that are being helped to remain afloat.

But then, I'm no expert and I am always willing to learn from more knowledgeable people.

You're on the right track.  To properly calculate or predict inflation, you need to factor not just the money supply but also the velocity of money.  If you Google "velocity of money" it should give you more than enough information.

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stochastic
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February 08, 2013, 03:18:21 AM
 #6

I don't really understand how inflation is going to happen if people already have too many loans?

Central banks printing money is one thing, but for that money to go into circulation it's quite another,
since there are not that many people able to take new loans and hence, help the newly printed money
go into circulation and ultimately cause inflation. I'd say that for the time being, it is only banks
that are being helped to remain afloat.

But then, I'm no expert and I am always willing to learn from more knowledgeable people.

It is not just inflation that is the worrying thing, it inflation along with a stagnant economy, stagflation.  Stagflation is the phenomenon of high unemployment, low economic growth, and increasing prices of goods and services, these are things that should not  happen according to Keynesian economics.  In that economic model high unemployment should mean less people have money which would lower prices, and when the economy is booming it should make more people employed and thus increase inflation.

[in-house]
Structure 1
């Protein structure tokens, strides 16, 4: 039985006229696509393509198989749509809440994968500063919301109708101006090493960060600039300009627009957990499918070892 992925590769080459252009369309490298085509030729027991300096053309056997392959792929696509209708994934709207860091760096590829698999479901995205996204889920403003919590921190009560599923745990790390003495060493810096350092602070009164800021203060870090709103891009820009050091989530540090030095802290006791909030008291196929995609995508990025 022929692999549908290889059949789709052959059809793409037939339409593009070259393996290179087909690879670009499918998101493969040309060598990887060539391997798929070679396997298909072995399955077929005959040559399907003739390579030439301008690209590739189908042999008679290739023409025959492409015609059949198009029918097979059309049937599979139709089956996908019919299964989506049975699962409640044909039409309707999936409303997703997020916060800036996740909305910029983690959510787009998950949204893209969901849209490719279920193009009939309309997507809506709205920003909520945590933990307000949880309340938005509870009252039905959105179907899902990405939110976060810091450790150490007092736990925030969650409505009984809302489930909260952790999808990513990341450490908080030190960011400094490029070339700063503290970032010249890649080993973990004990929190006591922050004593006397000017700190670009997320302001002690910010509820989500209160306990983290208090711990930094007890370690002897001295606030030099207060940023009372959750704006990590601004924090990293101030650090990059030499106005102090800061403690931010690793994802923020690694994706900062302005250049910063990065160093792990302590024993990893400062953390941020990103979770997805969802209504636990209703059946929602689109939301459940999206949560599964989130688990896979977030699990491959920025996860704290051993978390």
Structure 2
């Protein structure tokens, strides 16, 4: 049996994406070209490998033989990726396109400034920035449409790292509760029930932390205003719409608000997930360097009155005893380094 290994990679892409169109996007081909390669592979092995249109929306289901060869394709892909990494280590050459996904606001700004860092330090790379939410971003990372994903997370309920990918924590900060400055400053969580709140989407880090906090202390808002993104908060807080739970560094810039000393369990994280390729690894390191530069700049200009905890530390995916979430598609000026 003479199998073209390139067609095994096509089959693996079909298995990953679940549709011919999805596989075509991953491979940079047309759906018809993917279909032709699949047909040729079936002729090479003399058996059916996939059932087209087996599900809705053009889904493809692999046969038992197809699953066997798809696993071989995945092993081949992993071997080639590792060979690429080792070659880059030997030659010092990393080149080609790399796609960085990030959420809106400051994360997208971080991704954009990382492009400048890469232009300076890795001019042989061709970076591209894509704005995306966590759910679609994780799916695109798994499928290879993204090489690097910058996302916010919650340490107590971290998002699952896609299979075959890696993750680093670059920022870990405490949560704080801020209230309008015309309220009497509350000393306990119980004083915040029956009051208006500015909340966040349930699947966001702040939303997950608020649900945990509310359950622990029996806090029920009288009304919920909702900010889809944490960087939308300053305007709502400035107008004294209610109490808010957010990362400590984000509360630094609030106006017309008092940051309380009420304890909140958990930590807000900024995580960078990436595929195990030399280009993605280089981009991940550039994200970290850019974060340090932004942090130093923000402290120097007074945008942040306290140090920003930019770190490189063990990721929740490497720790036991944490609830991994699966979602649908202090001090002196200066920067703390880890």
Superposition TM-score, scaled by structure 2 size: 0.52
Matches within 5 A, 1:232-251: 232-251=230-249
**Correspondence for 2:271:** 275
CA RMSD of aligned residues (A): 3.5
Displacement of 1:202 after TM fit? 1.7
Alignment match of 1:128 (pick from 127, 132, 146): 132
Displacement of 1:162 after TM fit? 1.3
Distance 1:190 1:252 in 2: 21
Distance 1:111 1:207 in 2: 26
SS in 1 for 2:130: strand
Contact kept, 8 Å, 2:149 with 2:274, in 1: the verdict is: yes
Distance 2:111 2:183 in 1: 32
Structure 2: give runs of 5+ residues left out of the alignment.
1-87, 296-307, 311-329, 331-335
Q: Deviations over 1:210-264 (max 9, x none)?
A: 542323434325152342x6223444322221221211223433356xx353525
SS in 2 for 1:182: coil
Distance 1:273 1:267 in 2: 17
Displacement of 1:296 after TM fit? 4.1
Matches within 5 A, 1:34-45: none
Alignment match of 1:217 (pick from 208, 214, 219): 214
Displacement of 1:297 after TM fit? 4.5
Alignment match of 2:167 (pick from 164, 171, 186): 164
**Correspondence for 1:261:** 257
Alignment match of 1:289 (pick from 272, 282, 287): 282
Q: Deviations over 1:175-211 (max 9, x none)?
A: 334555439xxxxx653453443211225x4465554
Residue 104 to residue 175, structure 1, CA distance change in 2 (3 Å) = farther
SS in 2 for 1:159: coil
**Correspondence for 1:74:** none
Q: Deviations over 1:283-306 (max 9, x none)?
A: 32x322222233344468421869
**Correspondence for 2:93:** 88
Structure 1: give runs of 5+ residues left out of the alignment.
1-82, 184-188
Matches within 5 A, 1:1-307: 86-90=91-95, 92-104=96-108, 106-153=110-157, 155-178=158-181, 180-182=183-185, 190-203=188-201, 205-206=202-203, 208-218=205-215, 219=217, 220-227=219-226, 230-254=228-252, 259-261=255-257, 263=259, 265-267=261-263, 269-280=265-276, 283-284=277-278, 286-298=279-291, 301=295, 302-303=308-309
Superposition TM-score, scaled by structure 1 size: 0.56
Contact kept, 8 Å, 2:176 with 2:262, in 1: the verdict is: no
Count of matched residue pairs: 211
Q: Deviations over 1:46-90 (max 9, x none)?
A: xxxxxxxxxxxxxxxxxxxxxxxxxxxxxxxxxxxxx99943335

What most people fail to realize is that there are 2 economies of the world.  There is the traditional lending business that banks do and the other business of speculating in financial markets, such as FOREX.  If you compare the FOREX market with the traditional lending market you will see it is several times larger than the traditional economy.


source

What is happening is that the central banks of the world are lending money to banks at low rates and instead of banks lending the money out for traditional loans, the banks are using it on speculative investing.  This flow of capital into commodity and other markets increase the price of commodities and stocks, which causes inflation.

Introducing constraints to the economy only serves to limit what can be economical.
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February 09, 2013, 01:08:38 PM
 #7